Tuesday Sep 27, 2022
Tuesday Sep 27, 2022

Biden signs major climate change, health care law

2022 Aug 17, 7:48, United States
U.S. President Joe Biden boards Air Force One to depart for his first trip to Asia as sitting president from Joint Base Andrews, Maryland, U.S. May 19, 2022. REUTERS/Jonathan Ernst - RC2GAU9HXSVG

US President Joe Biden on Tuesday signed into law a sweeping bill to lower health care costs and address climate change, representing a key win for Democrats in Congress.

"The Inflation Reduction Act does so many things that for so many years so many of us have fought to make happen," Biden said during remarks at the White House prior to signing the bill. The legislation was passed by both the House and Senate along partisan lines.

The USD 740 billion bills, which was significantly slimmed down from the original USD 3.5 trillion packages, include some of Biden's key campaign promises and make the largest investment in federal climate programs in history, The Hill reported.

The White House says Biden's Inflation Reduction Act will reduce greenhouse gas emissions by about one billion tons in 2030. It says that this bill is ten times larger than any climate legislation ever enacted.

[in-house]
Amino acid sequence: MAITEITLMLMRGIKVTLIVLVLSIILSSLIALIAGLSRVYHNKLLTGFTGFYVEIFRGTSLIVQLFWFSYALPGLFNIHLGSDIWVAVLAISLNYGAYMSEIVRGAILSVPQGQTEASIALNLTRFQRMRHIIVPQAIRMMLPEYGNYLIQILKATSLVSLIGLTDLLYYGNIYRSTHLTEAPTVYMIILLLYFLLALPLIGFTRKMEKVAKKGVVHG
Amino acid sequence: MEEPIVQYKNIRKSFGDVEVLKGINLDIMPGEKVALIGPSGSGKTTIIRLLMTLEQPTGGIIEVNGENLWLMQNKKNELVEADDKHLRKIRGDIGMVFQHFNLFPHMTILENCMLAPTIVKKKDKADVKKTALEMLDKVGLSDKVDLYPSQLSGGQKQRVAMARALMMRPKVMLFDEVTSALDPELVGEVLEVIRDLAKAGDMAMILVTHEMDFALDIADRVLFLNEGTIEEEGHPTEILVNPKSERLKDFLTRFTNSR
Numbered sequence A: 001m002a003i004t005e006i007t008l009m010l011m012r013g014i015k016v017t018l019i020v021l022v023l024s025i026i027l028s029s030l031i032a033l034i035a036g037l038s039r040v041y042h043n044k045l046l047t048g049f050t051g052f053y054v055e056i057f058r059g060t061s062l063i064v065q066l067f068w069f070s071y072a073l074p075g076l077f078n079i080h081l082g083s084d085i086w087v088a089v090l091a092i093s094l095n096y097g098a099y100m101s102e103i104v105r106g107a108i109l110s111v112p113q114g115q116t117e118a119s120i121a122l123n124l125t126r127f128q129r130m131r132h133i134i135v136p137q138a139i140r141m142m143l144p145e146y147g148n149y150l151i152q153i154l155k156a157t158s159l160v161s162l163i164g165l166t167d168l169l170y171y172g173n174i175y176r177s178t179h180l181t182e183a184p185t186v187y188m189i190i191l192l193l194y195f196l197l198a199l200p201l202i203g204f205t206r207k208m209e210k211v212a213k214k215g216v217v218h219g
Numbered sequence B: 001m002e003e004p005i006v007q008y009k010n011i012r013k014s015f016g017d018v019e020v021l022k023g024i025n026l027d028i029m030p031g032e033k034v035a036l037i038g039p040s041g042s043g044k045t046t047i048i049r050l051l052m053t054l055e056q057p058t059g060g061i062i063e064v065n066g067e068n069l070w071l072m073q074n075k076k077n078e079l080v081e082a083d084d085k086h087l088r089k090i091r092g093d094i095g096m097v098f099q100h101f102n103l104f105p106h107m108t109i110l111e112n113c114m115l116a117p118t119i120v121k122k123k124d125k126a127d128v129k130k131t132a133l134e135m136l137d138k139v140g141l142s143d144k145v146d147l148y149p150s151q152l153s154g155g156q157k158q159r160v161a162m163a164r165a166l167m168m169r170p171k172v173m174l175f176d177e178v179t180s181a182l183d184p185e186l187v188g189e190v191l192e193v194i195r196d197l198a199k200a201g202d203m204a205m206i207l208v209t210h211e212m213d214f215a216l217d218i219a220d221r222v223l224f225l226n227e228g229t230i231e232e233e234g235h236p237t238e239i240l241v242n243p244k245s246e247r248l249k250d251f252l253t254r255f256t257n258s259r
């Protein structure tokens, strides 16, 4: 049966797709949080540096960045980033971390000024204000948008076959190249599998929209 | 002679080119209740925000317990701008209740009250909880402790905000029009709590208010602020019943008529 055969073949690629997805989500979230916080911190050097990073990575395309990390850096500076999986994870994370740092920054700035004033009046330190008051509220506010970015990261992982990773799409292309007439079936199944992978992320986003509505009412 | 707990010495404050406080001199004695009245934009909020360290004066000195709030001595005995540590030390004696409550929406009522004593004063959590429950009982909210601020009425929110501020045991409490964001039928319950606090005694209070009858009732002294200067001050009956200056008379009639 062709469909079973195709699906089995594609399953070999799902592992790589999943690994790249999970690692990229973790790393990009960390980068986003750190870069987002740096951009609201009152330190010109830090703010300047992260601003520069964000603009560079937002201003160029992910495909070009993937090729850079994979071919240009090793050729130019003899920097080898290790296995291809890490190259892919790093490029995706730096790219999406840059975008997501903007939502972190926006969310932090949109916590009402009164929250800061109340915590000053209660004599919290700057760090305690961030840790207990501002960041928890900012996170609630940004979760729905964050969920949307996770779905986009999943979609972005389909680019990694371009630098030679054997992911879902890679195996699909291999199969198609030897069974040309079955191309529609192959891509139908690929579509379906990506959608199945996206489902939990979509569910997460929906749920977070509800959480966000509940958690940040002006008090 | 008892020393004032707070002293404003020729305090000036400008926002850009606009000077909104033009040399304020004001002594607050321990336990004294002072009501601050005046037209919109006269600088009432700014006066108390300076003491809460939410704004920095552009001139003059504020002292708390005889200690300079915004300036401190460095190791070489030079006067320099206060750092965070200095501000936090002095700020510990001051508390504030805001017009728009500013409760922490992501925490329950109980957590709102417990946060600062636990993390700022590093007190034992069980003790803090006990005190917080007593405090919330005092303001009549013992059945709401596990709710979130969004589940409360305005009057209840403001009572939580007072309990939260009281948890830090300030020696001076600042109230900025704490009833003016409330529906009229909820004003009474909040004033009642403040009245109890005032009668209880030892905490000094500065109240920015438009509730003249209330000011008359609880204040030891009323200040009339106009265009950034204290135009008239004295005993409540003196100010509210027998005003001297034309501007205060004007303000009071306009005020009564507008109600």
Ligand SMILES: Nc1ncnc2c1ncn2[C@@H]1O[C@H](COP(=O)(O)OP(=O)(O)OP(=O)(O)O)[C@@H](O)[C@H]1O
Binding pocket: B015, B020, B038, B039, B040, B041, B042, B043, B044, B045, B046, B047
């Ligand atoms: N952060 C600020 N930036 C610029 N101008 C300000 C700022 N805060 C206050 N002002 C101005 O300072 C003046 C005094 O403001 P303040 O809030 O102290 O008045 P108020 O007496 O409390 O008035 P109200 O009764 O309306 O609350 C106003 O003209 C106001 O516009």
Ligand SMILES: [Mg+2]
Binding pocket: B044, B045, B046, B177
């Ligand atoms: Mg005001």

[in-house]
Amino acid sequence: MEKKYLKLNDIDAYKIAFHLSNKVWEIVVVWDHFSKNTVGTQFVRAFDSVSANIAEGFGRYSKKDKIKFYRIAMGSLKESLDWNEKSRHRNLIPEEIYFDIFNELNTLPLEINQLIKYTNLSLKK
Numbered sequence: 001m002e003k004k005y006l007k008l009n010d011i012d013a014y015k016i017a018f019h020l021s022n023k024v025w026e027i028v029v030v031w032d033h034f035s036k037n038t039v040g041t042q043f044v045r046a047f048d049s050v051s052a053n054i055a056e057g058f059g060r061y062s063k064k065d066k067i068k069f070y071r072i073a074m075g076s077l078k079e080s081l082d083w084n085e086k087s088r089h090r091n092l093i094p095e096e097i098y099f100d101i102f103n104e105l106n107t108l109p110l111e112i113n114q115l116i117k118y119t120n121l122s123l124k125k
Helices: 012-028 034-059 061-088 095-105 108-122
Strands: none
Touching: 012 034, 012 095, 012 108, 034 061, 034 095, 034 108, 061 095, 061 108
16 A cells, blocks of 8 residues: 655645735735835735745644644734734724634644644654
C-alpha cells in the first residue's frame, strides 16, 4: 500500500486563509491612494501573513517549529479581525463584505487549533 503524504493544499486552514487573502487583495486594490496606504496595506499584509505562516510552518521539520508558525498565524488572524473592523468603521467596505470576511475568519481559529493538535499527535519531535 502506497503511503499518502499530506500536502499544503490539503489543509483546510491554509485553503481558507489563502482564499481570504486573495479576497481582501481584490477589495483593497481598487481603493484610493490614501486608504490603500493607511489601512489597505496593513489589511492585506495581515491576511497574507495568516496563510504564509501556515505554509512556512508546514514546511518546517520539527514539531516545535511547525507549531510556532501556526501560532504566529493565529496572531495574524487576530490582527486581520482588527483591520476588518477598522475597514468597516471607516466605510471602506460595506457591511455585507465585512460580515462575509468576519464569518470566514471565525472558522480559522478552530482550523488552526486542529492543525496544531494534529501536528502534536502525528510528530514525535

"The Inflation Reduction Act will lower costs for families, combat the climate crisis, reduce the deficit, and finally ask the largest corporations to pay their fair share," the White House said and added Biden and Congressional Democrats have worked together to deliver a historic legislative achievement that delivers for American families, and grows the economy.

"With unwavering conviction, commitment, and patience, progress does come," Biden said in the State Dining Room as he prepared to sign the legislation. "And when it does, like today, people's lives are made better and the future becomes brighter and a nation can be transformed."

According to Congressional Budget Office estimates, this bill will reduce the deficit by approximately USD 300 billion over the next decade, with the United States increasing savings and revenue by about USD 790 billion while spending roughly USD 485 billion. The USD 80 billion IRS expenditure is expected to net USD 124 billion of that revenue over 10 years.

Earlier, Republicans opposed the bill, citing concerns about strengthening the IRS and the bill's potential economic impacts. The IRS's increased enforcement and operations budget, including hiring new agents, could be used to increase audits of ordinary American families and small businesses, the lawmakers contended.

The bill also adds a 15 per cent corporate minimum tax and closes the carried interest loophole. The Biden administration has vowed that the legislation will not violate the president's campaign promise not to raise federal taxes on any person making less than USD 400,000 a year. 


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